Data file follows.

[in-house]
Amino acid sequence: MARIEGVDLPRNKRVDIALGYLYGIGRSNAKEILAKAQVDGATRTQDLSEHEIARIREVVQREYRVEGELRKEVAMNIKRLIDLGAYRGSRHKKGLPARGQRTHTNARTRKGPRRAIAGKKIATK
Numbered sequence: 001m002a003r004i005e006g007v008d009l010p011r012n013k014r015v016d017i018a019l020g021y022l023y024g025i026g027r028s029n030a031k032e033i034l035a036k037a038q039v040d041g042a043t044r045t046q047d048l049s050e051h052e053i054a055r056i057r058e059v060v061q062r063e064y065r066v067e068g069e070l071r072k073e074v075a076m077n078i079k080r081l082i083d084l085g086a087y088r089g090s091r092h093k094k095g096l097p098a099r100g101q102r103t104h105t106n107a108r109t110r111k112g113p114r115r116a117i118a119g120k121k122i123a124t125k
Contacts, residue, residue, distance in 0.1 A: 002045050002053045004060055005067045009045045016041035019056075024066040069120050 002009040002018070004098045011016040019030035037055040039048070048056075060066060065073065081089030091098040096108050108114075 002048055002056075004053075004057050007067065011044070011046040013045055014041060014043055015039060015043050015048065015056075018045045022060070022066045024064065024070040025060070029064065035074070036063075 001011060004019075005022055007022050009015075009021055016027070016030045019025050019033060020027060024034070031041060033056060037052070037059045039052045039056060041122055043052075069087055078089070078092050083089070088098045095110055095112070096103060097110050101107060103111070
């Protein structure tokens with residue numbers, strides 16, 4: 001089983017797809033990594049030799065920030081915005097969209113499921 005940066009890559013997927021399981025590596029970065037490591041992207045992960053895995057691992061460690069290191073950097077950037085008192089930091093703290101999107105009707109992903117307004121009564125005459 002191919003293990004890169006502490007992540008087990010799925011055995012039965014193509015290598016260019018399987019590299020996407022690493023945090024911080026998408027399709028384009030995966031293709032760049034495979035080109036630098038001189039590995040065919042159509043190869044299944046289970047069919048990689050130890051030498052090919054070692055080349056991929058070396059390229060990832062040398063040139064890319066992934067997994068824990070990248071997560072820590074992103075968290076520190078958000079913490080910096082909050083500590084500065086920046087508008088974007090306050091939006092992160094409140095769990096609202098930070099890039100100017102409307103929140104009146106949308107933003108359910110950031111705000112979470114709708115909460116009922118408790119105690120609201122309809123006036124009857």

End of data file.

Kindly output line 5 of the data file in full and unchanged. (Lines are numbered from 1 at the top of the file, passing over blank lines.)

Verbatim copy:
């Protein structure tokens with residue numbers, strides 16, 4: 001089983017797809033990594049030799065920030081915005097969209113499921 005940066009890559013997927021399981025590596029970065037490591041992207045992960053895995057691992061460690069290191073950097077950037085008192089930091093703290101999107105009707109992903117307004121009564125005459 002191919003293990004890169006502490007992540008087990010799925011055995012039965014193509015290598016260019018399987019590299020996407022690493023945090024911080026998408027399709028384009030995966031293709032760049034495979035080109036630098038001189039590995040065919042159509043190869044299944046289970047069919048990689050130890051030498052090919054070692055080349056991929058070396059390229060990832062040398063040139064890319066992934067997994068824990070990248071997560072820590074992103075968290076520190078958000079913490080910096082909050083500590084500065086920046087508008088974007090306050091939006092992160094409140095769990096609202098930070099890039100100017102409307103929140104009146106949308107933003108359910110950031111705000112979470114709708115909460116009922118408790119105690120609201122309809123006036124009857």